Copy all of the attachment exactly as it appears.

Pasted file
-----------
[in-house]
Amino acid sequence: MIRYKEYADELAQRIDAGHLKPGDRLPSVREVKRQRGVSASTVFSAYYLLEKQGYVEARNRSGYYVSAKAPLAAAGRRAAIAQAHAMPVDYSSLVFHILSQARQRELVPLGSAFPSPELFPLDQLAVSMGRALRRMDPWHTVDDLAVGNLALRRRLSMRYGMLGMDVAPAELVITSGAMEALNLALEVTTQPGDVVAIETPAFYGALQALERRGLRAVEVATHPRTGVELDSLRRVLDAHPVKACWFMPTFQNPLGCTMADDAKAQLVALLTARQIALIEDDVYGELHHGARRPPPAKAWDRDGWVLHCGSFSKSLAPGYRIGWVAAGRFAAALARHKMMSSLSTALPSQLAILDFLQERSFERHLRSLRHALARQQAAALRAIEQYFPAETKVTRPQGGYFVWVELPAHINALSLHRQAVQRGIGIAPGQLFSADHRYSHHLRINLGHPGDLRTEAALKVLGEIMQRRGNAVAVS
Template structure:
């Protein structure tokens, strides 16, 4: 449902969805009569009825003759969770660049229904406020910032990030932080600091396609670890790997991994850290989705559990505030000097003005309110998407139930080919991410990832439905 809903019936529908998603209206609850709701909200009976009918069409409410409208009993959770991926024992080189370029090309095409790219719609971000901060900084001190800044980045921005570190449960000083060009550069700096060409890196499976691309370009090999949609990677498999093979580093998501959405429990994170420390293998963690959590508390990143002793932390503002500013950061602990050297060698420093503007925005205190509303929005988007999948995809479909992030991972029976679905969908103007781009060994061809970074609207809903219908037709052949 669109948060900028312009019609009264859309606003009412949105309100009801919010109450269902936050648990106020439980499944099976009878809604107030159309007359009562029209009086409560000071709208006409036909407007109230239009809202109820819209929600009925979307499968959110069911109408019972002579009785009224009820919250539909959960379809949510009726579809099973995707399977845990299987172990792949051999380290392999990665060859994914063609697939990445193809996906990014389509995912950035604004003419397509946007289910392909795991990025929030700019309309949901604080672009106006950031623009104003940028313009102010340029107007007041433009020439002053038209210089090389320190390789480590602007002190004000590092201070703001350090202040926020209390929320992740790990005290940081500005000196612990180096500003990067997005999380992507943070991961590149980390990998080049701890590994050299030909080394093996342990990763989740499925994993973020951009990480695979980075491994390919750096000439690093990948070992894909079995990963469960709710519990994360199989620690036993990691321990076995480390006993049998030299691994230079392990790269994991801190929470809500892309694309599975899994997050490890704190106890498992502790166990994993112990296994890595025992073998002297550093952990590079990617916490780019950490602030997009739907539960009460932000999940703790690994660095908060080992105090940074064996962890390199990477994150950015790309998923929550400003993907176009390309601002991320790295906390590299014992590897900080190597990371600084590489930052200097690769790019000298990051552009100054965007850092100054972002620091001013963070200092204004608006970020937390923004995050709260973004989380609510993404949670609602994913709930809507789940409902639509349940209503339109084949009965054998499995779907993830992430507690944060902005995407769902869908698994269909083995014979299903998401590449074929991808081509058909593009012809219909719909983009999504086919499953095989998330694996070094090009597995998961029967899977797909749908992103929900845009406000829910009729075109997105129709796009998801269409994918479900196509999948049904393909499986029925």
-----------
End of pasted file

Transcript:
[in-house]
Amino acid sequence: MIRYKEYADELAQRIDAGHLKPGDRLPSVREVKRQRGVSASTVFSAYYLLEKQGYVEARNRSGYYVSAKAPLAAAGRRAAIAQAHAMPVDYSSLVFHILSQARQRELVPLGSAFPSPELFPLDQLAVSMGRALRRMDPWHTVDDLAVGNLALRRRLSMRYGMLGMDVAPAELVITSGAMEALNLALEVTTQPGDVVAIETPAFYGALQALERRGLRAVEVATHPRTGVELDSLRRVLDAHPVKACWFMPTFQNPLGCTMADDAKAQLVALLTARQIALIEDDVYGELHHGARRPPPAKAWDRDGWVLHCGSFSKSLAPGYRIGWVAAGRFAAALARHKMMSSLSTALPSQLAILDFLQERSFERHLRSLRHALARQQAAALRAIEQYFPAETKVTRPQGGYFVWVELPAHINALSLHRQAVQRGIGIAPGQLFSADHRYSHHLRINLGHPGDLRTEAALKVLGEIMQRRGNAVAVS
Template structure:
């Protein structure tokens, strides 16, 4: 449902969805009569009825003759969770660049229904406020910032990030932080600091396609670890790997991994850290989705559990505030000097003005309110998407139930080919991410990832439905 809903019936529908998603209206609850709701909200009976009918069409409410409208009993959770991926024992080189370029090309095409790219719609971000901060900084001190800044980045921005570190449960000083060009550069700096060409890196499976691309370009090999949609990677498999093979580093998501959405429990994170420390293998963690959590508390990143002793932390503002500013950061602990050297060698420093503007925005205190509303929005988007999948995809479909992030991972029976679905969908103007781009060994061809970074609207809903219908037709052949 669109948060900028312009019609009264859309606003009412949105309100009801919010109450269902936050648990106020439980499944099976009878809604107030159309007359009562029209009086409560000071709208006409036909407007109230239009809202109820819209929600009925979307499968959110069911109408019972002579009785009224009820919250539909959960379809949510009726579809099973995707399977845990299987172990792949051999380290392999990665060859994914063609697939990445193809996906990014389509995912950035604004003419397509946007289910392909795991990025929030700019309309949901604080672009106006950031623009104003940028313009102010340029107007007041433009020439002053038209210089090389320190390789480590602007002190004000590092201070703001350090202040926020209390929320992740790990005290940081500005000196612990180096500003990067997005999380992507943070991961590149980390990998080049701890590994050299030909080394093996342990990763989740499925994993973020951009990480695979980075491994390919750096000439690093990948070992894909079995990963469960709710519990994360199989620690036993990691321990076995480390006993049998030299691994230079392990790269994991801190929470809500892309694309599975899994997050490890704190106890498992502790166990994993112990296994890595025992073998002297550093952990590079990617916490780019950490602030997009739907539960009460932000999940703790690994660095908060080992105090940074064996962890390199990477994150950015790309998923929550400003993907176009390309601002991320790295906390590299014992590897900080190597990371600084590489930052200097690769790019000298990051552009100054965007850092100054972002620091001013963070200092204004608006970020937390923004995050709260973004989380609510993404949670609602994913709930809507789940409902639509349940209503339109084949009965054998499995779907993830992430507690944060902005995407769902869908698994269909083995014979299903998401590449074929991808081509058909593009012809219909719909983009999504086919499953095989998330694996070094090009597995998961029967899977797909749908992103929900845009406000829910009729075109997105129709796009998801269409994918479900196509999948049904393909499986029925």